Sanctuary of Atotonilco, Mexico
Photograph by Stephen Brassawe
In the state of Guanajuato, seven miles northeast of the artist town of San Miguel de Allende, is the small but much venerated pilgrimage church of Atotonilco. In the indigenous language of the region, Atotonilco (pronounced ah-toe-toe-NEAL-co) means 'Place of the Hot Waters' and the site actually began as a hacienda with a spring, from which curative waters still bubble forth. Luis Felipe Neri de Alfaro, a local priest and native of San Miguel, acquired the land from the hacienda's owner, Don Ignacio Garofa, and began construction of the church on May 3, 1740. Padre Alfaro commissioned an anonymous artist, Miguel Antonio Martinez de Pocasangre, to paint the murals for which the church is so famous. Padre Alfaro guided and collaborated with Pocasangre so that it is the priest's own imaginative vision which unfolds in dramatic scenes over the walls and ceilings of the shrine. The life, passion and resurrection of Jesus are the main subjects of the frescoes.
The central nave was dedicated eight years later and work then began on the sculptures and paintings in the Cavalry Chapel. Three years later Padre Alfaro completed the impressive Chapel of The Holy Rosary which is dominated by an ornate altar of carved, gold-encrusted wood embellished with paintings on Venetian mirrors. Additionally the lives of Catholic saints and martyrs and scenes of the Last Judgment are linked by ornate banners and colorful floral decoration. The church is sometimes referred to as the "Sistine Chapel of the Americas" and almost every square inch of the walls and ceilings inside the Sanctuary is covered with fresco paintings in a riotous outpouring of Mexican folk art. The murals also portray angels, archangels, saints, and demons amidst decorations of fanciful flowers and fruits.
Some of the murals are among the most gruesome and somber paintings in the world. The central image is of a horribly bleeding Christ. All around him are other tortured, bleeding, dying and decaying people. The murals are darkly painted, darkly lit, and the whole place has a somewhat depressing energy. In addition to these devotional murals, the church contains a treasury of sculptures, also dating from the late 1700s. Because of neglect and environmental degradation over the centuries, murals and sculptures are in extremely fragile condition. Visitors, anxious to carry away souvenirs, have contributed to the deterioration of the paintings by scraping the walls.
Today the Sanctuary of Atotonilco retains its special place in the religious life of central Mexico. A compound of buildings surrounding the shrine includes dormitories, dining rooms, and meeting halls for the many religious retreats held throughout the year. Thousands of Christians come each year to participate in religious exercises such as sleeping in stone cells on cold rock floors, crawling around the perimeter of the shrine on bare and bloody knees, wearing crowns of thorns, and flagellating themselves with whips. This is done for a variety of reasons. Many of the pilgrims feel they must experience some of the pain they imagine Christ felt during his carrying of the cross to hill of Golgatha, and his subsequent hanging on the cross. Local history recounts that from 1880 to the present times as many as 100,000 people a year have made pilgrimages to the shrine.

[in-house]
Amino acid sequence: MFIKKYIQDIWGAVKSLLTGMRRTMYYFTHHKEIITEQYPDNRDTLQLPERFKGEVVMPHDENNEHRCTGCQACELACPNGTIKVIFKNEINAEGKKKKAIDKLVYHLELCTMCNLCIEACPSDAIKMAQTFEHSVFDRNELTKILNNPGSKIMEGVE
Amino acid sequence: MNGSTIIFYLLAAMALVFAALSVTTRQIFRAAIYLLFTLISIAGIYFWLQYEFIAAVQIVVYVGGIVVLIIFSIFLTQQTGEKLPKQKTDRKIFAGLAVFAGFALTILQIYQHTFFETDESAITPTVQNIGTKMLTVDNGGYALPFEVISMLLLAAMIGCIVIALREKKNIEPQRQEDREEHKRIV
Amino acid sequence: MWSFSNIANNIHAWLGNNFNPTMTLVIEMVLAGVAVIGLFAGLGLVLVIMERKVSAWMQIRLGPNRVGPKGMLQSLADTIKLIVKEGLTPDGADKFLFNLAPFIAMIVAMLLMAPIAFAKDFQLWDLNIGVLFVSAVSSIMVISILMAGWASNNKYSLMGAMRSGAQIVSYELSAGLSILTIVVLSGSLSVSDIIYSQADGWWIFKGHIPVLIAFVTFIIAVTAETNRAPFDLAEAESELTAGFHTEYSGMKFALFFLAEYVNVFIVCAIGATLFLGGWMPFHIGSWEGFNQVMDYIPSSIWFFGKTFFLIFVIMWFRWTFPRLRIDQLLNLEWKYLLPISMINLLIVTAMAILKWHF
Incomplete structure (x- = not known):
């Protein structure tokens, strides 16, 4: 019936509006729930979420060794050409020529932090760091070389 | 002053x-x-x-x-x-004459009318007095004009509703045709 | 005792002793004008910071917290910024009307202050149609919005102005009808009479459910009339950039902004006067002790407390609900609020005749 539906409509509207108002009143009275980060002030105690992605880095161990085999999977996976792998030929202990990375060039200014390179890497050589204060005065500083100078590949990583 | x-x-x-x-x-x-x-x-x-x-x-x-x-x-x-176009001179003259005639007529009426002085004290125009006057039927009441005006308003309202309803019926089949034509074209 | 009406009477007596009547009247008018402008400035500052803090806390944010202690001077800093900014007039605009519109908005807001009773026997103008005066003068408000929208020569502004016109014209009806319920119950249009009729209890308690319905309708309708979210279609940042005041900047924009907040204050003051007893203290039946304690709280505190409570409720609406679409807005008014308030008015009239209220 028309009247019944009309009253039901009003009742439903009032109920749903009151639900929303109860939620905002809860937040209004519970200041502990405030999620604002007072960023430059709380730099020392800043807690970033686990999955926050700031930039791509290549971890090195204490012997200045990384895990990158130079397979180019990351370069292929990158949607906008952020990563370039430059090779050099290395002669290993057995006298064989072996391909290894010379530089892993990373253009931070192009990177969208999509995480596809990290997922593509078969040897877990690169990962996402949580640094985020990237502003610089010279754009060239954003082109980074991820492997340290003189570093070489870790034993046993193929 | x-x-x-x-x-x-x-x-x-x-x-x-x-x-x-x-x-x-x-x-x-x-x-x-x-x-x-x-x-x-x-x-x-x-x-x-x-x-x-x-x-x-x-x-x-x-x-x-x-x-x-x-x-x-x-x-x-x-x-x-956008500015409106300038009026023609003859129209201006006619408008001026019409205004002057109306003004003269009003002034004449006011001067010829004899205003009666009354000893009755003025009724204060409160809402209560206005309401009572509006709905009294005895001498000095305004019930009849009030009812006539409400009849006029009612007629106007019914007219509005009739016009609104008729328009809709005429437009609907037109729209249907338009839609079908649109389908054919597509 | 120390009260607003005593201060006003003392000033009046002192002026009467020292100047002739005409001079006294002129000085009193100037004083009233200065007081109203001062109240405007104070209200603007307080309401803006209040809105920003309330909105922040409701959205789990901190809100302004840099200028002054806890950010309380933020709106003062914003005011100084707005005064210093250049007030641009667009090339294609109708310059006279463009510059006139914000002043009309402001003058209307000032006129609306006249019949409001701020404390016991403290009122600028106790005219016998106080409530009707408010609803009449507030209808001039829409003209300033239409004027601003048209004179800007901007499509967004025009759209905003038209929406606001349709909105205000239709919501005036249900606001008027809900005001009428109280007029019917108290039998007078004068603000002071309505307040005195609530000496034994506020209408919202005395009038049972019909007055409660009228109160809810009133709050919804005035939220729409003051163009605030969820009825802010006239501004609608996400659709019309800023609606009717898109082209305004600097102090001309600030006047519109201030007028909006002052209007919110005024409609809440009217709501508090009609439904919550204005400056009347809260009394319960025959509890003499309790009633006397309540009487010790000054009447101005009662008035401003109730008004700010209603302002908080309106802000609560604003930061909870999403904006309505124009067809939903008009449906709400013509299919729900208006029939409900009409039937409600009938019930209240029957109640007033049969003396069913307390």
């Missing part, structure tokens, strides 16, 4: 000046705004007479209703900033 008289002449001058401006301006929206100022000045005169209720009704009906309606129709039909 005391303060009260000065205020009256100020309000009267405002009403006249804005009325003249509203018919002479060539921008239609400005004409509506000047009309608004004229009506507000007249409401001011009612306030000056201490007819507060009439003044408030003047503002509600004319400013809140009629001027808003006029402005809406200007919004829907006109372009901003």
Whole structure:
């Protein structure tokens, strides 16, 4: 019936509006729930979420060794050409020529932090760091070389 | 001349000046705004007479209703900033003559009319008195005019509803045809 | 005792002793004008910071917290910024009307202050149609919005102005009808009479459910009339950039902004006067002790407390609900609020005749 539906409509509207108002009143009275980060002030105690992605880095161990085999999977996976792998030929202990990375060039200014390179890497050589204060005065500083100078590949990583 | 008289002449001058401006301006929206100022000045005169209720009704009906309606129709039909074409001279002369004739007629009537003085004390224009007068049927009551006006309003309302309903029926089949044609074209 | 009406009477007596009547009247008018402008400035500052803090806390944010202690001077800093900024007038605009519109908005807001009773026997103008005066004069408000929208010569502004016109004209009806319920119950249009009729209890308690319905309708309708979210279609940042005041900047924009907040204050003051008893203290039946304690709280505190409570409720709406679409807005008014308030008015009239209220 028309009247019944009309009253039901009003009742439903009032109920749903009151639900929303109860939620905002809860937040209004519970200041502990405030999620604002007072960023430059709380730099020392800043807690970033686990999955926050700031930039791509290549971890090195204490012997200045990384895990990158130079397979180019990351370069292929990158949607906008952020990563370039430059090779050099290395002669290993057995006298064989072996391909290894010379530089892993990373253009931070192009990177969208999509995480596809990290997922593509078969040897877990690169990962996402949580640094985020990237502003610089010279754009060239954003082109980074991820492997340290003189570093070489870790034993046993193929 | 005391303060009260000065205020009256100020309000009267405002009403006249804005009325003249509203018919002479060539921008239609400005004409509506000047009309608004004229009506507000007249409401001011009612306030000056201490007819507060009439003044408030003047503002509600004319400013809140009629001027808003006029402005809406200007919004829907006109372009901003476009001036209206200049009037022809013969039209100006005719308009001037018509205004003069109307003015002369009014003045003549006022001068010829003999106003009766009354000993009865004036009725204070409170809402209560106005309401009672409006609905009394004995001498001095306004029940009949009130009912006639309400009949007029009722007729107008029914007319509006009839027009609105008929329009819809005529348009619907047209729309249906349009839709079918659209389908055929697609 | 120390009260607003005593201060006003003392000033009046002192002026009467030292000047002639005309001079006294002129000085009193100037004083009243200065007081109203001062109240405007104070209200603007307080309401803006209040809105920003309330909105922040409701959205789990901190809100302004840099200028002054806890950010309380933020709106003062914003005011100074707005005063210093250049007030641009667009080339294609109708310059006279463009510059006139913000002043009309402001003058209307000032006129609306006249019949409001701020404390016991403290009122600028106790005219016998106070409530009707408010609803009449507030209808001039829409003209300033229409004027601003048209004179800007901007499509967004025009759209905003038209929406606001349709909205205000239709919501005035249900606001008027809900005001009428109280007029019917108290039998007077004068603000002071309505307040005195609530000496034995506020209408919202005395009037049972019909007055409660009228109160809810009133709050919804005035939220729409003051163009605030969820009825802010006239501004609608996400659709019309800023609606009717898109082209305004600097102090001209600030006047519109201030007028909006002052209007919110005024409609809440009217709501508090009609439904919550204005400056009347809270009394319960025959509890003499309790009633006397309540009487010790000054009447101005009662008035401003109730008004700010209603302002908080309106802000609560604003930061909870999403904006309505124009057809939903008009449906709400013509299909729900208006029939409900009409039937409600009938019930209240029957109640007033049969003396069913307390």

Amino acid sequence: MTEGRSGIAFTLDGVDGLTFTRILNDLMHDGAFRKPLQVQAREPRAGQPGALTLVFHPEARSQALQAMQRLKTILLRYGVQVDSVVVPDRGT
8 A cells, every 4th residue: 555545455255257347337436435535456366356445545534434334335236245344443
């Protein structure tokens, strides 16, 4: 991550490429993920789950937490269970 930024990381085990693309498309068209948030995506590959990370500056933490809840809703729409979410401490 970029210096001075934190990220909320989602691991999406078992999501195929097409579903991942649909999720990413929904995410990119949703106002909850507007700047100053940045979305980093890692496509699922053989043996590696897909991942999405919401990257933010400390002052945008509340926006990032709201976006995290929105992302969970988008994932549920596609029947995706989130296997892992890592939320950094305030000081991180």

Statue of Mary, Sanctuary of Atotonilco, Mexico
Photograph by Laurie Beth Zuckerman
Atotonilco's small population is expanded greatly when these retreats are held. Approximately thirty weeks a year 5,000 to 10,000 pilgrims converge on the shrine from all parts of Mexico. The usually deserted, dusty main street of the village is filled with worshippers browsing among the stalls of vendors selling religious articles and clothing, pottery and food. The plaza is filled with the sounds and smells of fiesta. Traditional dances are also held at the shrine on the third Sunday of July.
In a tradition that dates from the early 1800's an annual midnight pilgrimage starts from the sanctuary of Atotonilco and covers the seven miles to San Miguel de Allende. The procession of several thousand pilgrims begins at midnight and arrives in San Miguel at the first light of day, following a six and a half hour walk. It is a solemn procession with the people singing and carrying brass lanterns to light the way through the dark night. Bonfires blaze alongside the road and showers of fireworks light up the sky ahead of the procession.
The pilgrims walk to accompany la Milagrosa Imagen del Señor de la Columna (the Miraculous Image of The Lord of The Column) from his home in Atotonilco on his annual visit to San Miguel. The statue is highly venerated by the people of the area and numerous miracles are attributed to it. The miracles and the tradition of the pilgrimage began some 175 years ago when an epidemic struck San Miguel, killing many of its inhabitants. A wealthy merchant of San Miguel, gravely ill, asked that a religious image be brought to him as a comfort in his final hours. The statue was carried from Atotonilco to his home. The dying merchant recovered and the epidemic in San Miguel was broken. The tradition of the visit by the image to San Miguel every year during the Easter season has been maintained ever since.
The World Monuments Fund recently named this historic and artistically important pilgrimage church to its list of "100 most endangered monuments." With a grant from American Express and the State of Guanajuato in 1996 a Mexican non-profit organization began work on the restoration of the Chapel of the Virgin of the Rosary. The damaged exterior stucco and roof were replaced, and an inspection of the interior murals was carried out with analysis of the original pigments and binders. Following this research, the murals were professionally cleaned and restored to the highest standards. With these efforts, the fabric of the church and its murals have been stabilized.